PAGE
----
So while outside forces helped that Green vote get near to 5%. I’d argue without the parliament presence of Fitzsimmons and Donald. Coromandel wouldn’t have happened and they would have lagged in the party vote as well.
And while outside movements within Maori were important in the Maori Party forming. Without Turia providing the trigger from inside Parliament I doubt the Maori Party would have such an impact.
That’s why for a Country Party to be successful they need someone from inside parliament.
Oh, I see what you’re arguing, now. I agree on that count.
She’s about as rednecked and intolerant as you can get, and the fact that she’s been an MP for 8 years and hasn’t progressed beyond the backbenches would indicate she has no career prospects with National.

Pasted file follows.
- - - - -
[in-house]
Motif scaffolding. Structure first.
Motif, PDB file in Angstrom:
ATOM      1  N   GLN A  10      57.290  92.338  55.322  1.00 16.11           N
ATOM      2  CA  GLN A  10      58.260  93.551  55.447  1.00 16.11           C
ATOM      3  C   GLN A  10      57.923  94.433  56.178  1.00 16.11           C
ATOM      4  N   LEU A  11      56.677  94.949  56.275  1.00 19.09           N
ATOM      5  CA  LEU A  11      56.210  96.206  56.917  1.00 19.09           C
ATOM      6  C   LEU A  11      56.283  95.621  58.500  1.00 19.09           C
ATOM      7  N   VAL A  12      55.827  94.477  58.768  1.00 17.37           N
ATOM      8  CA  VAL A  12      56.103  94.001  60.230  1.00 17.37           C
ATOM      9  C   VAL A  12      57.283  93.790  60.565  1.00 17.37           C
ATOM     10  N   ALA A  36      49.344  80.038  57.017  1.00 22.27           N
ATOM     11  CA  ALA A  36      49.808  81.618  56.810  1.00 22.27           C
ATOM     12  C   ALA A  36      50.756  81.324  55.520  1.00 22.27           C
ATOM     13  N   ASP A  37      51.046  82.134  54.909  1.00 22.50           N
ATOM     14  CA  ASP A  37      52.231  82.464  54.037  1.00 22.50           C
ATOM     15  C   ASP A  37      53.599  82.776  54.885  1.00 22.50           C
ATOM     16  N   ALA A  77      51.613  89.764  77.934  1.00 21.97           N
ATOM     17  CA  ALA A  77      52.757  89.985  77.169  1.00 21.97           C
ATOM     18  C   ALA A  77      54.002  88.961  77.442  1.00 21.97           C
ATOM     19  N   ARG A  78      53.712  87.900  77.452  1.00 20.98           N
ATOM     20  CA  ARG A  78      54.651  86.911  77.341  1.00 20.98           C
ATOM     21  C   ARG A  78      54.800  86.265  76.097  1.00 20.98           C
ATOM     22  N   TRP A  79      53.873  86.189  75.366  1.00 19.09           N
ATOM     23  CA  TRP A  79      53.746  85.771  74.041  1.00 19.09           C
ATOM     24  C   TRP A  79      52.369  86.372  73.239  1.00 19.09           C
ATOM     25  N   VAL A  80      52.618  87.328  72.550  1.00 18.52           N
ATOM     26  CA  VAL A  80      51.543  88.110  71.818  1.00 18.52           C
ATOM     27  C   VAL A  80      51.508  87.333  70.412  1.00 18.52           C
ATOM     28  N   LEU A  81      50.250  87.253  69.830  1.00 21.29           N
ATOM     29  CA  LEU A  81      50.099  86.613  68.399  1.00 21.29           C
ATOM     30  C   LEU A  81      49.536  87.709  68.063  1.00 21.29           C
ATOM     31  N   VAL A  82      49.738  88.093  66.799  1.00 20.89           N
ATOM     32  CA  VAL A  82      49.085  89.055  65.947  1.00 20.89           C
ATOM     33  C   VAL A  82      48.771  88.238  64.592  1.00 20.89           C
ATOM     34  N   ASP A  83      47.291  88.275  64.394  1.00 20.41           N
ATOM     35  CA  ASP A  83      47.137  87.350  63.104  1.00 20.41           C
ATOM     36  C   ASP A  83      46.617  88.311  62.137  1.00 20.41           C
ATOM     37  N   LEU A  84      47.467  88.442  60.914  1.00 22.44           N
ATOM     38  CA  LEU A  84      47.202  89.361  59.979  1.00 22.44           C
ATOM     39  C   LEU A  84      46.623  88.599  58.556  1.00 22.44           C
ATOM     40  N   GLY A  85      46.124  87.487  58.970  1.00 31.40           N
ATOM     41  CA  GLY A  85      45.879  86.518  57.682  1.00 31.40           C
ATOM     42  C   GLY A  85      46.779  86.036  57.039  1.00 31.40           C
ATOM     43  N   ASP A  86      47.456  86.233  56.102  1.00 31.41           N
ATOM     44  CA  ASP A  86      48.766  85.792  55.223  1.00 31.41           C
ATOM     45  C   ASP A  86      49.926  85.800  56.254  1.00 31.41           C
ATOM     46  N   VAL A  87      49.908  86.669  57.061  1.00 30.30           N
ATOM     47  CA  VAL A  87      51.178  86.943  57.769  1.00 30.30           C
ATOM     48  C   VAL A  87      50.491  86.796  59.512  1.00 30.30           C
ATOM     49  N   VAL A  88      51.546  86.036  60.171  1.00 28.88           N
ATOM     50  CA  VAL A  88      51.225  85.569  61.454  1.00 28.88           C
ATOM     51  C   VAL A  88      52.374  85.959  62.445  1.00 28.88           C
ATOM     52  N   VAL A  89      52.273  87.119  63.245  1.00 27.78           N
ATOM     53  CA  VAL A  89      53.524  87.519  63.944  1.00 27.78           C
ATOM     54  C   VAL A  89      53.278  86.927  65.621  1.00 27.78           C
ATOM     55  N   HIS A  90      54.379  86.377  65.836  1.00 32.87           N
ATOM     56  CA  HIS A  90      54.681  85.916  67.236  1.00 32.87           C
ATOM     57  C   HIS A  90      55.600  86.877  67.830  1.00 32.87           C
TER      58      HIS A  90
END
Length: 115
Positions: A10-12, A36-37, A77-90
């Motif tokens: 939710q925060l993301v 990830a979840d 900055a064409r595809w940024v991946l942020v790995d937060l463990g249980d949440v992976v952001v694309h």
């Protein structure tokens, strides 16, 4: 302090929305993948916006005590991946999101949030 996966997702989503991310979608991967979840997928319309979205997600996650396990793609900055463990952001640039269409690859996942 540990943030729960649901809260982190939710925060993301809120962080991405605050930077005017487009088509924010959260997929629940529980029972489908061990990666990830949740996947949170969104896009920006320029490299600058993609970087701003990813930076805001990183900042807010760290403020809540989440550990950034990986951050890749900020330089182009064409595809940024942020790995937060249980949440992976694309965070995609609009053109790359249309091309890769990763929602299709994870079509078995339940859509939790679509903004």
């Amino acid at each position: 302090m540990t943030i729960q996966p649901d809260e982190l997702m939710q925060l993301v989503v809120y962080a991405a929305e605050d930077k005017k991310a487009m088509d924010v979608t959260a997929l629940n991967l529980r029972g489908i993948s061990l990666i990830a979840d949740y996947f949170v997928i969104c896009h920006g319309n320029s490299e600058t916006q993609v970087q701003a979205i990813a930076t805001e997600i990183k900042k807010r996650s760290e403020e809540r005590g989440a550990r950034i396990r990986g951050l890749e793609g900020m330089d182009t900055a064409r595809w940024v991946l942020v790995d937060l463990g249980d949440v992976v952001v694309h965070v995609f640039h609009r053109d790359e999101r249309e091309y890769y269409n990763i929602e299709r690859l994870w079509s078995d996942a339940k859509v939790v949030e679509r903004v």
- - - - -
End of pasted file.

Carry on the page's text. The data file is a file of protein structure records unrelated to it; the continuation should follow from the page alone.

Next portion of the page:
Nah. Couldn’t be a bloody sheila. They need a Pine Tree.
But while I don’t think it is going to happen, if it did I’m not convinced that they would need a current or recent pollie to be the front man, or someone many people here would recognise.
What an established politician as frontman for a new party does, is bring coverage, recognition, experience and a bit of organisation and some parliamentary, ahem, resourcing. The hard thing to overcome is the lack of an organisation, with info distribution channels and fundraising ability.